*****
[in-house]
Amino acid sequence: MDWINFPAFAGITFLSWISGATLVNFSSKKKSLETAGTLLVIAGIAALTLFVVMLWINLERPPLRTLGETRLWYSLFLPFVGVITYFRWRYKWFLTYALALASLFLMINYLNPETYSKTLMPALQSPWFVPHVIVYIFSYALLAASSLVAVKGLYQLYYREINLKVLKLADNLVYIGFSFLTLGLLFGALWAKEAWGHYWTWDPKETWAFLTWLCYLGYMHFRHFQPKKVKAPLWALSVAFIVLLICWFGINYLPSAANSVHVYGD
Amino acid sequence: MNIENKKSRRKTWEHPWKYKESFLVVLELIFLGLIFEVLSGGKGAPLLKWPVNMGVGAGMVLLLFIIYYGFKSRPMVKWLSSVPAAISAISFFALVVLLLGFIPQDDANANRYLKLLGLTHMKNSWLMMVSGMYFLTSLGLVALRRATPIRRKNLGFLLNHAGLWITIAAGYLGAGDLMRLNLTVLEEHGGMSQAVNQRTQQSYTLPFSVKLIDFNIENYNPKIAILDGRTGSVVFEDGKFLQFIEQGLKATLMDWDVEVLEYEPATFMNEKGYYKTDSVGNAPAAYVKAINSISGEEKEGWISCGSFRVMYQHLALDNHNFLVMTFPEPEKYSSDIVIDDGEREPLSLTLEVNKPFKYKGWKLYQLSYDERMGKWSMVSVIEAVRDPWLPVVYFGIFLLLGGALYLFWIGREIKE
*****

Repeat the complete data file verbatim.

[in-house]
Amino acid sequence: MDWINFPAFAGITFLSWISGATLVNFSSKKKSLETAGTLLVIAGIAALTLFVVMLWINLERPPLRTLGETRLWYSLFLPFVGVITYFRWRYKWFLTYALALASLFLMINYLNPETYSKTLMPALQSPWFVPHVIVYIFSYALLAASSLVAVKGLYQLYYREINLKVLKLADNLVYIGFSFLTLGLLFGALWAKEAWGHYWTWDPKETWAFLTWLCYLGYMHFRHFQPKKVKAPLWALSVAFIVLLICWFGINYLPSAANSVHVYGD
Amino acid sequence: MNIENKKSRRKTWEHPWKYKESFLVVLELIFLGLIFEVLSGGKGAPLLKWPVNMGVGAGMVLLLFIIYYGFKSRPMVKWLSSVPAAISAISFFALVVLLLGFIPQDDANANRYLKLLGLTHMKNSWLMMVSGMYFLTSLGLVALRRATPIRRKNLGFLLNHAGLWITIAAGYLGAGDLMRLNLTVLEEHGGMSQAVNQRTQQSYTLPFSVKLIDFNIENYNPKIAILDGRTGSVVFEDGKFLQFIEQGLKATLMDWDVEVLEYEPATFMNEKGYYKTDSVGNAPAAYVKAINSISGEEKEGWISCGSFRVMYQHLALDNHNFLVMTFPEPEKYSSDIVIDDGEREPLSLTLEVNKPFKYKGWKLYQLSYDERMGKWSMVSVIEAVRDPWLPVVYFGIFLLLGGALYLFWIGREIKE